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Electric car spontaneously catches fire in Mass. home’s driveway

Police in southeastern Massachusetts are investigating after an electric car caught fire in a driveway this weekend. Wareham firefighters responded to a report of a car fire at about 4:15 a.m. Saturday. Crews found a 2021 Chevy Bolt on fire in a driveway. The owner of the car said she heard a loud sound and then the car started smoking. “It sounded like a big poof. And he looked to the window, and he saw the smoke,” said car owner Ann Thomas, describing when she and her husband were awoken by a strange sound. Within minutes, the car was engulfed in flames. After knocking down the initial fire, firefighters continued to wet the vehicle down, and approximately 30 minutes later, the fire flared up again.”We had to control the hazard we had there and try to cool off the batteries. We’re very fortunate — a few weeks before that we bought some specialized equipment to help us with that type of job,” said Wareham Fire Chief John Kelley. “So we’re very fortunate, we did use that that morning.”Firefighters remained on the scene for about three hours using more than 11,000 gallons of water to make sure the fire was extinguished.The fire appeared to have started spontaneously, as the car had already been charged, fire officials said.The car was taken to Marc’s Towing and Recovery, where it’s been strategically positioned far away from other vehicles in case it spontaneously ignites again.Thomas has been leasing the electric car for almost three years, and the only hint something could go wrong with it was a recall on the car’s lithium-ion battery.”But they had no batteries to give us. So, we were waiting,” she said.Thomas said the fire has turned her off wanting another electric vehicle.”I mean, I could have been driving that thing. I mean, that could have been so much worse, you know? We could have lost our home and our camper,” she said.No injuries were reported.”If this vehicle had been parked in a garage the results could have been disastrous. Additionally, electric vehicle fires are difficult to fight and present unique challenges,” Kelley said.Rossen Reports: Is this the best time to buy an electric vehicle?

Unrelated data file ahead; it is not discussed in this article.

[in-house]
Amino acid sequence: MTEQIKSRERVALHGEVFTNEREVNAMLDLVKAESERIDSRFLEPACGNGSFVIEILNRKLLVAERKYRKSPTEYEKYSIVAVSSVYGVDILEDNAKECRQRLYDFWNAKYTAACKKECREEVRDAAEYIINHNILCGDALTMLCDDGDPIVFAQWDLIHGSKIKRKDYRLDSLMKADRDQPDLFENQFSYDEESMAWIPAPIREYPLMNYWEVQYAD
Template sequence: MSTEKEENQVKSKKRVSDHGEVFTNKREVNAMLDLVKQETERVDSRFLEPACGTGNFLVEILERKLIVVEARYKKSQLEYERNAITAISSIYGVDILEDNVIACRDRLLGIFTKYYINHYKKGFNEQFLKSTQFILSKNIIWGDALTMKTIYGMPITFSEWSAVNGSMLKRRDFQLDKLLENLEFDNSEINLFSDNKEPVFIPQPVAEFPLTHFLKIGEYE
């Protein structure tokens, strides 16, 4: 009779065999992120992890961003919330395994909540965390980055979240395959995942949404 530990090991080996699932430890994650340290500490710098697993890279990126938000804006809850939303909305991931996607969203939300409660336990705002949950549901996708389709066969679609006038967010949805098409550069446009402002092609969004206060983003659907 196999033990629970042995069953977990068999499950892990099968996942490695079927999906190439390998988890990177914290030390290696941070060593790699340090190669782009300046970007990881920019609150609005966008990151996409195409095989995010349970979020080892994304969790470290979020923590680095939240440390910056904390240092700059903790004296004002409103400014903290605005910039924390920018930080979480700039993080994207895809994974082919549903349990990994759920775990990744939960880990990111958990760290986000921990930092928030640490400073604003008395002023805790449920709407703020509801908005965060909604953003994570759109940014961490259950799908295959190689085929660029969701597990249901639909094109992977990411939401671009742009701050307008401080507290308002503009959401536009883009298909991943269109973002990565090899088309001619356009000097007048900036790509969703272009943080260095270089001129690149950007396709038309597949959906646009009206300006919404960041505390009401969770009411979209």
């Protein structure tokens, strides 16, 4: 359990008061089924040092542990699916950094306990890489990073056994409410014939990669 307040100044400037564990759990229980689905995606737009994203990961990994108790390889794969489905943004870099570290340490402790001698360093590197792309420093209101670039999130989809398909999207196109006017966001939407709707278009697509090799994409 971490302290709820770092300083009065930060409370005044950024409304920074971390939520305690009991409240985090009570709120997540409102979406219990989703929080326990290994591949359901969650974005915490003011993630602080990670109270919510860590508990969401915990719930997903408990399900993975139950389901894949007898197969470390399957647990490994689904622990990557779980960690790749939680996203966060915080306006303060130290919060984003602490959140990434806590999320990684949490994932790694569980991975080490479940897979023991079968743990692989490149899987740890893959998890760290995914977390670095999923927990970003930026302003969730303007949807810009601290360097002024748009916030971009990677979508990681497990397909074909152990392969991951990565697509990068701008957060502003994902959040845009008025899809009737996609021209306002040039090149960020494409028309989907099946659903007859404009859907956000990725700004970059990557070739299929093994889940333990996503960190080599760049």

Police in southeastern Massachusetts are investigating after an electric car caught fire in a driveway this weekend.

Wareham firefighters responded to a report of a car fire at about 4:15 a.m. Saturday. Crews found a 2021 Chevy Bolt on fire in a driveway.

The owner of the car said she heard a loud sound and then the car started smoking.

“It sounded like a big poof. And he looked to the window, and he saw the smoke,” said car owner Ann Thomas, describing when she and her husband were awoken by a strange sound.

Within minutes, the car was engulfed in flames.

After knocking down the initial fire, firefighters continued to wet the vehicle down, and approximately 30 minutes later, the fire flared up again.

“We had to control the hazard we had there and try to cool off the batteries. We’re very fortunate — a few weeks before that we bought some specialized equipment to help us with that type of job,” said Wareham Fire Chief John Kelley. “So we’re very fortunate, we did use that that morning.”

Firefighters remained on the scene for about three hours using more than 11,000 gallons of water to make sure the fire was extinguished.

wareham electric car fire.

Wareham Fire

Wareham electric car fire. 

The fire appeared to have started spontaneously, as the car had already been charged, fire officials said.

The car was taken to Marc’s Towing and Recovery, where it’s been strategically positioned far away from other vehicles in case it spontaneously ignites again.

Thomas has been leasing the electric car for almost three years, and the only hint something could go wrong with it was a recall on the car’s lithium-ion battery.

“But they had no batteries to give us. So, we were waiting,” she said.

Thomas said the fire has turned her off wanting another electric vehicle.

wareham electric car fire.

Wareham Fire

Wareham electric car fire. 

“I mean, I could have been driving that thing. I mean, that could have been so much worse, you know? We could have lost our home and our camper,” she said.

No injuries were reported.

“If this vehicle had been parked in a garage the results could have been disastrous. Additionally, electric vehicle fires are difficult to fight and present unique challenges,” Kelley said.

Rossen Reports: Is this the best time to buy an electric vehicle?

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